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Ricardo’s interpreting for me this week. It’s a tough job. I forget to slow down when I speak. I use big, theological words and obscure Texas colloquialisms. Sometimes I slip up and cuss a bit; sometimes I do it on purpose.

But Ricardo’s a sport, and he’s been a huge encouragement to me.

Yesterday he told me that something I taught last year—when he was a student, and not my interpreter—helped him out. You see, I like to challenge students when I teach. I’m really not interested in affirming what they already know, or think they know. I push buttons. I kick anthills and thwack beehives—not because I like being stung, but because I’ve seen too many kids grow up in church without being challenged to think and respond deeply to Jesus, only to be ground up by the world when they’re on their own. They’re groomed by an industrial model of hyper-individualized religion that focuses on behavior modification and producing consumers of religious goods and services.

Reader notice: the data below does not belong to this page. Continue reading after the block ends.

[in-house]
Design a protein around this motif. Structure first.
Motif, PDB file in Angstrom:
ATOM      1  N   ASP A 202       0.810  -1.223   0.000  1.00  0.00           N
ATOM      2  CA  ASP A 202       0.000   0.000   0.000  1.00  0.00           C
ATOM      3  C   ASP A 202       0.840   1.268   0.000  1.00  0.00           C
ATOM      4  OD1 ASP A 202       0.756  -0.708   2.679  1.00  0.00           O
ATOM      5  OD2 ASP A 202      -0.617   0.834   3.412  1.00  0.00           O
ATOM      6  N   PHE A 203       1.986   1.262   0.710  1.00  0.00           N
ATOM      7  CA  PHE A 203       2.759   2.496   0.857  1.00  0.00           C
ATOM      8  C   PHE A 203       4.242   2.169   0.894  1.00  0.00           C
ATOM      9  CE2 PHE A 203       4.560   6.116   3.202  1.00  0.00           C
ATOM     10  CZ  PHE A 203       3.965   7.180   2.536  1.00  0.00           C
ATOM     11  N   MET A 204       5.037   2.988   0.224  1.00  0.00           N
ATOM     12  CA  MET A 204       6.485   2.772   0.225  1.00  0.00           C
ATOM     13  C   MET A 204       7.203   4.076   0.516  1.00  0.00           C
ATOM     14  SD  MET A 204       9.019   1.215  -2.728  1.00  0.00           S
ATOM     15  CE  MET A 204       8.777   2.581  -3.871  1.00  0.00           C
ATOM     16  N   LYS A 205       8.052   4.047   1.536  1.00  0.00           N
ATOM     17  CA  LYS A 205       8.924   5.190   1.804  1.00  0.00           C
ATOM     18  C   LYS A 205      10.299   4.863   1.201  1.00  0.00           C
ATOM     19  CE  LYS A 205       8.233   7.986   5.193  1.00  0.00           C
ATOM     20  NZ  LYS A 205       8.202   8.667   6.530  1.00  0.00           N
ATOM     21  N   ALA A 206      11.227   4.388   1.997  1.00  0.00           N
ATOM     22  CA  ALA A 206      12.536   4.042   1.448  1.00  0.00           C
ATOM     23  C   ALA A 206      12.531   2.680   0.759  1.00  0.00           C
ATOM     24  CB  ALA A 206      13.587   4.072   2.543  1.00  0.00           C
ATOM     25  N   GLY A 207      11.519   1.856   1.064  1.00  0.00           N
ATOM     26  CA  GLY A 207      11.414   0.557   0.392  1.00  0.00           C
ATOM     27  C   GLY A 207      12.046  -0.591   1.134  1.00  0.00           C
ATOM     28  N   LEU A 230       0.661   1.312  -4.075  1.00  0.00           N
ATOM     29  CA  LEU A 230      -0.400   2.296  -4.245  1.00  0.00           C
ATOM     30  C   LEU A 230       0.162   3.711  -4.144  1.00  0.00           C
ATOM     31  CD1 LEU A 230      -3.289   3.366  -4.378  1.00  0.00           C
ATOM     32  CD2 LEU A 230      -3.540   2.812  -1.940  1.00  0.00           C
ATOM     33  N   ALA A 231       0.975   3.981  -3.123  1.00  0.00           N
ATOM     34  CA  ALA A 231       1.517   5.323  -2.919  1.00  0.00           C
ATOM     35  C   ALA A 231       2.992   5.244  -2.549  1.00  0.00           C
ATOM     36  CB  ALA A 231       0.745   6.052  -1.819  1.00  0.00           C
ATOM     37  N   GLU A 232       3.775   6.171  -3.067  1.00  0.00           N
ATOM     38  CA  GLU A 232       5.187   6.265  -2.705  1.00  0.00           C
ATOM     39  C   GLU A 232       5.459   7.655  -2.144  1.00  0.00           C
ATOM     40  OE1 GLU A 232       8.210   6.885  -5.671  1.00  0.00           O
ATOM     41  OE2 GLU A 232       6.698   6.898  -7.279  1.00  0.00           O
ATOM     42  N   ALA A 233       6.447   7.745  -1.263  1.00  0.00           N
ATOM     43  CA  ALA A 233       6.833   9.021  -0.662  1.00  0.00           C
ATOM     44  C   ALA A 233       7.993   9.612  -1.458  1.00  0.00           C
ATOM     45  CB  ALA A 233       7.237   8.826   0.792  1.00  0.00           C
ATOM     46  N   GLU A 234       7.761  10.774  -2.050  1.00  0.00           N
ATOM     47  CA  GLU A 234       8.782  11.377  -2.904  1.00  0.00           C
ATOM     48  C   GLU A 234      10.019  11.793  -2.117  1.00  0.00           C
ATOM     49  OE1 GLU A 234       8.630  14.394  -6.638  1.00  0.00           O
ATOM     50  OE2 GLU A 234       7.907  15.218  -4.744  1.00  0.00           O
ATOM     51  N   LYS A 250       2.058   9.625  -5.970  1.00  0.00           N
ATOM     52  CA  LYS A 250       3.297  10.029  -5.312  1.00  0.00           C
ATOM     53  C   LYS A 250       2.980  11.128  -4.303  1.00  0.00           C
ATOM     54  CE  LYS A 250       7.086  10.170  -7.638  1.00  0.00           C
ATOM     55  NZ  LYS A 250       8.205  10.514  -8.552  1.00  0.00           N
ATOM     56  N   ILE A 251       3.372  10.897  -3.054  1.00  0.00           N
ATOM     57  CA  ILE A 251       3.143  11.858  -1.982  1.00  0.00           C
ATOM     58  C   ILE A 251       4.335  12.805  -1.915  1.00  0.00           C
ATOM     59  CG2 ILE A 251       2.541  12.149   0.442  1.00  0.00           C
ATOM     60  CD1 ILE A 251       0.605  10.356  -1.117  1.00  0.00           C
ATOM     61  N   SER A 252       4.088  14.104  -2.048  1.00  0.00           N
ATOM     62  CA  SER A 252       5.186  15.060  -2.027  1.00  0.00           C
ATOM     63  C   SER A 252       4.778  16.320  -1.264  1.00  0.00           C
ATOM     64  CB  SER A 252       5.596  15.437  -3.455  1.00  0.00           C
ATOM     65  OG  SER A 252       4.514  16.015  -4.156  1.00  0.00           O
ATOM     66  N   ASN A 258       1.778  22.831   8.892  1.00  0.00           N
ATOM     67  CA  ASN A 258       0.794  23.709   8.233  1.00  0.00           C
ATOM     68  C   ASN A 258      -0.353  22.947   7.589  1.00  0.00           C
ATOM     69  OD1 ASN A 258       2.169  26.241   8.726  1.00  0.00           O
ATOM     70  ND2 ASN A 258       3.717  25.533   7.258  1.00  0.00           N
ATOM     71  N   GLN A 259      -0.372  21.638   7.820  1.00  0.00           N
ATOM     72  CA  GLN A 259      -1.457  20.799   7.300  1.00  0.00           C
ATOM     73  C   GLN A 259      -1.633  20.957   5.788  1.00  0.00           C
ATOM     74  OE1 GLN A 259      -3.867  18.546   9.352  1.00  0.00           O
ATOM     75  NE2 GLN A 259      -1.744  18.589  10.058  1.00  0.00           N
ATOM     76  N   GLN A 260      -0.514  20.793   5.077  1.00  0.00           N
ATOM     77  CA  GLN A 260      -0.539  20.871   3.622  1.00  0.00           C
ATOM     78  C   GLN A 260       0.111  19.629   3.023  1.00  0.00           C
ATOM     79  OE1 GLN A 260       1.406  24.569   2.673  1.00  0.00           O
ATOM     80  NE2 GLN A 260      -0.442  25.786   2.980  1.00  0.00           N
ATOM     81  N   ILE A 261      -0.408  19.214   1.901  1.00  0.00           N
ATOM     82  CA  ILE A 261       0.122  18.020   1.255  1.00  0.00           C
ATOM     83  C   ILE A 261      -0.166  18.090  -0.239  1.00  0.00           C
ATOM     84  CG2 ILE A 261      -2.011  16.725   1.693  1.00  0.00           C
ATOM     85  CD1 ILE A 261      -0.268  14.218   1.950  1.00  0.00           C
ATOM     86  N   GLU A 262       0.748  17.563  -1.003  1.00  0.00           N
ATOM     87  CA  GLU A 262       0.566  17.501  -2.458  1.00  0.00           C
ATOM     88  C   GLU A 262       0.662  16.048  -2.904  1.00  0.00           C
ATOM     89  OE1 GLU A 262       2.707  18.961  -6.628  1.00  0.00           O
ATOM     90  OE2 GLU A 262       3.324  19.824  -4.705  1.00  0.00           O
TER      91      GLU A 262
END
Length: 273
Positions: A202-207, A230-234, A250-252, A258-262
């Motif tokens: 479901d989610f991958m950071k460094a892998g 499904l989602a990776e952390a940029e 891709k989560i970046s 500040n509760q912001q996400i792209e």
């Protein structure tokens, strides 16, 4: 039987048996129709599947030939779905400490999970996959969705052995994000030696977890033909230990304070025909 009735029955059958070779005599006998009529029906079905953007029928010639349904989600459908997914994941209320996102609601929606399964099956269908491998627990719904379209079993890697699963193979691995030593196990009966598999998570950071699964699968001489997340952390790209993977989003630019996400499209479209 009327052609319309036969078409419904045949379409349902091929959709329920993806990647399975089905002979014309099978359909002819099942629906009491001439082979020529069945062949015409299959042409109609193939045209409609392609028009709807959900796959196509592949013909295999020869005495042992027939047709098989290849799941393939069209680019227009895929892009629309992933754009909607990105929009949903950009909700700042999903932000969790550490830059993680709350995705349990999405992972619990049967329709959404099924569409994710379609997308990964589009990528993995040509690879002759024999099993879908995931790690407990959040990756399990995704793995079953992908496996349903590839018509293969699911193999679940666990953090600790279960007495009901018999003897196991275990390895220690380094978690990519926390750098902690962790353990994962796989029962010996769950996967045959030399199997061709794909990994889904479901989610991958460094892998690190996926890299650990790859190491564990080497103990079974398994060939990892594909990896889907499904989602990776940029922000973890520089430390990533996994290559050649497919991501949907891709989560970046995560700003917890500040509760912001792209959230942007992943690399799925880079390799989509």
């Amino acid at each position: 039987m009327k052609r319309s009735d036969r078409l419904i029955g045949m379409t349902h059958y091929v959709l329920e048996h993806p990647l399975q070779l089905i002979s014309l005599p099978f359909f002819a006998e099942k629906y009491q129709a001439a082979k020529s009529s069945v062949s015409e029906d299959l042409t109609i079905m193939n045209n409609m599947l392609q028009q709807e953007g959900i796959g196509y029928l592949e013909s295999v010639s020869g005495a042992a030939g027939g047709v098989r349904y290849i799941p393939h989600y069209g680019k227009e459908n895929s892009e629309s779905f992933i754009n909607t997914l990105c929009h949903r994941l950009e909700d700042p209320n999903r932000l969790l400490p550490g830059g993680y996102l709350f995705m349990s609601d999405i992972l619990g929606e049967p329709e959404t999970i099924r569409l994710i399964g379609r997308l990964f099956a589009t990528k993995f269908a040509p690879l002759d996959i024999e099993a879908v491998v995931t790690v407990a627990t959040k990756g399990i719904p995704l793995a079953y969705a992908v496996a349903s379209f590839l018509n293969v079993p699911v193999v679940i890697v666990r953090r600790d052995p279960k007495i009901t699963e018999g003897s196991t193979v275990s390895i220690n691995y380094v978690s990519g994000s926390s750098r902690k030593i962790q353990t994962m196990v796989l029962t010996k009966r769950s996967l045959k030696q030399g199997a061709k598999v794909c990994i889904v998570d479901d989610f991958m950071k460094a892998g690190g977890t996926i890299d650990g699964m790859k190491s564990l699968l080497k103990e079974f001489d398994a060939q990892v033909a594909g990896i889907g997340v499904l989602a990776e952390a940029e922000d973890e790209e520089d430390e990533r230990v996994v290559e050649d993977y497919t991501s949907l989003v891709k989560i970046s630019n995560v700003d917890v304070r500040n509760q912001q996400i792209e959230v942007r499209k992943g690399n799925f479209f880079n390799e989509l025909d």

If that sounds harsh, it’s not near as harsh as I mean it to be.


As a former pusher of said toxic religious pablum, I’m part of the system. I drank the Kool-Aid and sold my share, to boot. I’m keenly aware that I helped create much of the problem I now see everywhere. When I teach, I often feel like I’m trying to put out a brush fire with a squirt gun. Sow the wind, reap the whirlwind and all that.


But back to Ricardo: The week after I taught in his class, challenging him to think deeply and differently about his faith, he learned that his mother was infected with HIV and that his new stepfather, who was responsible, had deserted her. He was devastated by the news and said he probably would have walked away from his faith entirely if he hadn’t just been pressed to examine it more fully and to reimagine Jesus as he never had before.


I’m humbled to be a small part of a big work God’s doing in his life.


So during these next few days, I might not remember to slow down a bit, to choose easier or nicer words. But I’ll sure have a deeper appreciation for the friend who has to interpret them.

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